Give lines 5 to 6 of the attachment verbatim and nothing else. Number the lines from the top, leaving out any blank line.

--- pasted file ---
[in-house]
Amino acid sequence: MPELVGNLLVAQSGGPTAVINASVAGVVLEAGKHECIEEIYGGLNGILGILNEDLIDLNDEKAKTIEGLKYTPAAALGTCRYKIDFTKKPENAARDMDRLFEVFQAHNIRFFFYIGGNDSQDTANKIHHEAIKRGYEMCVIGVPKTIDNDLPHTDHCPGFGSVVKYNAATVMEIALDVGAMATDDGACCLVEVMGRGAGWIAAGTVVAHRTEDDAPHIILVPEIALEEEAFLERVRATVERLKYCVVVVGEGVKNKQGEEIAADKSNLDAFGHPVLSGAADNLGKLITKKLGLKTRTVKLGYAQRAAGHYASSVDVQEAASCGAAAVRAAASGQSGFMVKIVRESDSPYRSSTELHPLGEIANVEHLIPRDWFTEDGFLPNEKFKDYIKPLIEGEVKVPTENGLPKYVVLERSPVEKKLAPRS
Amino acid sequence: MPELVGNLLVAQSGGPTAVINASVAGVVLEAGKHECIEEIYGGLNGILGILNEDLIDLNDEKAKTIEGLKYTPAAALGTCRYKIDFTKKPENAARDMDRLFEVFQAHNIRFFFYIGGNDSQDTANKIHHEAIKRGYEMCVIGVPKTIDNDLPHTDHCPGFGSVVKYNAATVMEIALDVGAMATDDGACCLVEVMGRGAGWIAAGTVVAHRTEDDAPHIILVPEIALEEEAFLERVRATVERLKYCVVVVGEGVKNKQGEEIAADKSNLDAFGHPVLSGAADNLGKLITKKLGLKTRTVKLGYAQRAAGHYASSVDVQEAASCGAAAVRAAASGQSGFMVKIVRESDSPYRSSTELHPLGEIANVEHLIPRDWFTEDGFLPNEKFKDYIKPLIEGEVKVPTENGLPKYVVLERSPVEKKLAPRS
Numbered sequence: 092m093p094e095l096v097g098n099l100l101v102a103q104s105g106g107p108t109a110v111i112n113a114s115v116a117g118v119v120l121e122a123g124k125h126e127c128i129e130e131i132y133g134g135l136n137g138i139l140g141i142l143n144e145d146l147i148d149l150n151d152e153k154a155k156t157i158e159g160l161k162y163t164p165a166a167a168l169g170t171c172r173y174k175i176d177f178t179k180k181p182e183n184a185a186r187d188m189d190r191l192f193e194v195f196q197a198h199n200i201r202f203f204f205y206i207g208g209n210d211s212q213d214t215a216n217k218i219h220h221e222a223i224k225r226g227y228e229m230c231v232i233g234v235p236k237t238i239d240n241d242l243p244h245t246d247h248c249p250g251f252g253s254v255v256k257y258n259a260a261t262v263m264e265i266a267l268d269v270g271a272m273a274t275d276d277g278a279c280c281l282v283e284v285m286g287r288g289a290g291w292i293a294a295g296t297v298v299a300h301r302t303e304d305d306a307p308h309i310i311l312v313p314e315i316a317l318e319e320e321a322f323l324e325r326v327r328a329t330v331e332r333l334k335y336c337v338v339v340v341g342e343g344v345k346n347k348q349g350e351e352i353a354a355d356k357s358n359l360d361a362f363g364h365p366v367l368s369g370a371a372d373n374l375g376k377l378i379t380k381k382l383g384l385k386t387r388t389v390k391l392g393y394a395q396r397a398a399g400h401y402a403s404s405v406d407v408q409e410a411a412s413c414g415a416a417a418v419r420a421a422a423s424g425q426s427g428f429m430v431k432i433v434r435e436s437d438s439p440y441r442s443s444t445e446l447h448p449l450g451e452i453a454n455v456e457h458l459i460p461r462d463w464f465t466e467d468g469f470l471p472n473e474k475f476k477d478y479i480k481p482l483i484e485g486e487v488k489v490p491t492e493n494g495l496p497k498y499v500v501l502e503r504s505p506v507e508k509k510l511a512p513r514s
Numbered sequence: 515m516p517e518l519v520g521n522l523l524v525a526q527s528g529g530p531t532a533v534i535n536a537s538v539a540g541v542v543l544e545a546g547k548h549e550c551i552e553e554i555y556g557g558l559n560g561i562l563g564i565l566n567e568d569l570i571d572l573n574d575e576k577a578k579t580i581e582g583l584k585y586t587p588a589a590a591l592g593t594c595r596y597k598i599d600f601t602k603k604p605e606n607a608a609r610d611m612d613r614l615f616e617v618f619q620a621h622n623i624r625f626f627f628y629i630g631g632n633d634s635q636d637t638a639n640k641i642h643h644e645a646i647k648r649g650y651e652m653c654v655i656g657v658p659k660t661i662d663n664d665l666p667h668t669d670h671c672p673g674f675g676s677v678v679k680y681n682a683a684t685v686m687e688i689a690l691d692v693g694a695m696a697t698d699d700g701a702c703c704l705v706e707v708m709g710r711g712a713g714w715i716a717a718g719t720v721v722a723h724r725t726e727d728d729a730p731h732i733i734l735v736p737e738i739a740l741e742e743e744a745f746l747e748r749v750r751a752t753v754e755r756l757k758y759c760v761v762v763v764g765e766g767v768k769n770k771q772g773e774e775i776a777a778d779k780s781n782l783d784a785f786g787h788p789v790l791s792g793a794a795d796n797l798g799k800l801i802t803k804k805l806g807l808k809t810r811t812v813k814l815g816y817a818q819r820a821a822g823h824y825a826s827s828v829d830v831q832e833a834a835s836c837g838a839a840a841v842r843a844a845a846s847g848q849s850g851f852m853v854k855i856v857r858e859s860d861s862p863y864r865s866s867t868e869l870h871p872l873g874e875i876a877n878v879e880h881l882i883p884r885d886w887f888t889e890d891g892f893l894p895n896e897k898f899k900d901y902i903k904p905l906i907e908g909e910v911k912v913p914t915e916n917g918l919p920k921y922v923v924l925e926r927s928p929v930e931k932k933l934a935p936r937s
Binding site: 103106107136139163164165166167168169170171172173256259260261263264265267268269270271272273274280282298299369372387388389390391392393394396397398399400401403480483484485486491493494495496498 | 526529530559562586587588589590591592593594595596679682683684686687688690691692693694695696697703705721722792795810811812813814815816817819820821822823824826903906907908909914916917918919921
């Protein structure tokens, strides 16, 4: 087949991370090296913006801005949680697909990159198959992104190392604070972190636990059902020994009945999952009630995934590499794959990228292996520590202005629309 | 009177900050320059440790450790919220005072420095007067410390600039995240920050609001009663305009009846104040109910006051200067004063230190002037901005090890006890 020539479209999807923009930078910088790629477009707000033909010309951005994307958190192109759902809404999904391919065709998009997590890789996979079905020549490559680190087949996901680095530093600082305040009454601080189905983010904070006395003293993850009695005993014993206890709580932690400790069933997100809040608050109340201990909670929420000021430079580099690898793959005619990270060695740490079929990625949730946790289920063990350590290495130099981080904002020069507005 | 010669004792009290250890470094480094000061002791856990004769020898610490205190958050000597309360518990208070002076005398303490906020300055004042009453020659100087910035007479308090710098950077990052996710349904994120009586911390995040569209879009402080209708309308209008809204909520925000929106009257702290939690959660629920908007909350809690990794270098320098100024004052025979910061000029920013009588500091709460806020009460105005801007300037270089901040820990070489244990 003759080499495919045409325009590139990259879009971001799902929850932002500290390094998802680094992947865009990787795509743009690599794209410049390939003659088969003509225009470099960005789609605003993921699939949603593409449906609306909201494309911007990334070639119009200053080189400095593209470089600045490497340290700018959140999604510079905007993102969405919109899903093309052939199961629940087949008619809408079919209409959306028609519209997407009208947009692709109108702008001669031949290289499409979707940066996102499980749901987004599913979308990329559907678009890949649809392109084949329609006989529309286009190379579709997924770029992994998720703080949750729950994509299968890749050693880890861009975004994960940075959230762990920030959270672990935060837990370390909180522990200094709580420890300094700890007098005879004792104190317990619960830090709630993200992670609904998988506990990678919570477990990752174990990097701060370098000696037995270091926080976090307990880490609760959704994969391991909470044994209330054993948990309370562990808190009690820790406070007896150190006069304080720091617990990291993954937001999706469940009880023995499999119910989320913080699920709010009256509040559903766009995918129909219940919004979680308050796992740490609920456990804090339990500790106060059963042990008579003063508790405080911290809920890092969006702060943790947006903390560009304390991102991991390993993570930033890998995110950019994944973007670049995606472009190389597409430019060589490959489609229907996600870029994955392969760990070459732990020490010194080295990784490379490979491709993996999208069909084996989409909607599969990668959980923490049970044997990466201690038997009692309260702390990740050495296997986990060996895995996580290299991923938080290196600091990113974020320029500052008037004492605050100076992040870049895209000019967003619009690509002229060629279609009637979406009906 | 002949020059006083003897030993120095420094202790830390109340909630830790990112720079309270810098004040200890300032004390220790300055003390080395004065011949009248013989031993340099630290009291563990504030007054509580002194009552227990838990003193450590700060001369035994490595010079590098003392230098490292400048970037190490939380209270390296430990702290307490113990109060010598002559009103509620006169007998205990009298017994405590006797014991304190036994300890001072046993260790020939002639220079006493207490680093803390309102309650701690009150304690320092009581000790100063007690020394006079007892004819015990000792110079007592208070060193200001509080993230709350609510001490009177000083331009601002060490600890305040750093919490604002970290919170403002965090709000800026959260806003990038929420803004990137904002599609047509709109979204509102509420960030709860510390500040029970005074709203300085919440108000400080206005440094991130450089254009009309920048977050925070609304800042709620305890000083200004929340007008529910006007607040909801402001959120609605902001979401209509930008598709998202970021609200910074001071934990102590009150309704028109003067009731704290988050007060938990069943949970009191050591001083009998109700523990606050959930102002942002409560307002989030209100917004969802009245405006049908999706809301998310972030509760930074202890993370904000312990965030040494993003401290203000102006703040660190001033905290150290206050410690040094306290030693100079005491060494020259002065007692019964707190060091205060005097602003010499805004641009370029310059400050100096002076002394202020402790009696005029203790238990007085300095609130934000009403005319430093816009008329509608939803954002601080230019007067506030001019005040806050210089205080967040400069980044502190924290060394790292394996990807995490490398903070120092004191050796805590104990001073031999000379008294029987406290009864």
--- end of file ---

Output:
Numbered sequence: 515m516p517e518l519v520g521n522l523l524v525a526q527s528g529g530p531t532a533v534i535n536a537s538v539a540g541v542v543l544e545a546g547k548h549e550c551i552e553e554i555y556g557g558l559n560g561i562l563g564i565l566n567e568d569l570i571d572l573n574d575e576k577a578k579t580i581e582g583l584k585y586t587p588a589a590a591l592g593t594c595r596y597k598i599d600f601t602k603k604p605e606n607a608a609r610d611m612d613r614l615f616e617v618f619q620a621h622n623i624r625f626f627f628y629i630g631g632n633d634s635q636d637t638a639n640k641i642h643h644e645a646i647k648r649g650y651e652m653c654v655i656g657v658p659k660t661i662d663n664d665l666p667h668t669d670h671c672p673g674f675g676s677v678v679k680y681n682a683a684t685v686m687e688i689a690l691d692v693g694a695m696a697t698d699d700g701a702c703c704l705v706e707v708m709g710r711g712a713g714w715i716a717a718g719t720v721v722a723h724r725t726e727d728d729a730p731h732i733i734l735v736p737e738i739a740l741e742e743e744a745f746l747e748r749v750r751a752t753v754e755r756l757k758y759c760v761v762v763v764g765e766g767v768k769n770k771q772g773e774e775i776a777a778d779k780s781n782l783d784a785f786g787h788p789v790l791s792g793a794a795d796n797l798g799k800l801i802t803k804k805l806g807l808k809t810r811t812v813k814l815g816y817a818q819r820a821a822g823h824y825a826s827s828v829d830v831q832e833a834a835s836c837g838a839a840a841v842r843a844a845a846s847g848q849s850g851f852m853v854k855i856v857r858e859s860d861s862p863y864r865s866s867t868e869l870h871p872l873g874e875i876a877n878v879e880h881l882i883p884r885d886w887f888t889e890d891g892f893l894p895n896e897k898f899k900d901y902i903k904p905l906i907e908g909e910v911k912v913p914t915e916n917g918l919p920k921y922v923v924l925e926r927s928p929v930e931k932k933l934a935p936r937s
Binding site: 103106107136139163164165166167168169170171172173256259260261263264265267268269270271272273274280282298299369372387388389390391392393394396397398399400401403480483484485486491493494495496498 | 526529530559562586587588589590591592593594595596679682683684686687688690691692693694695696697703705721722792795810811812813814815816817819820821822823824826903906907908909914916917918919921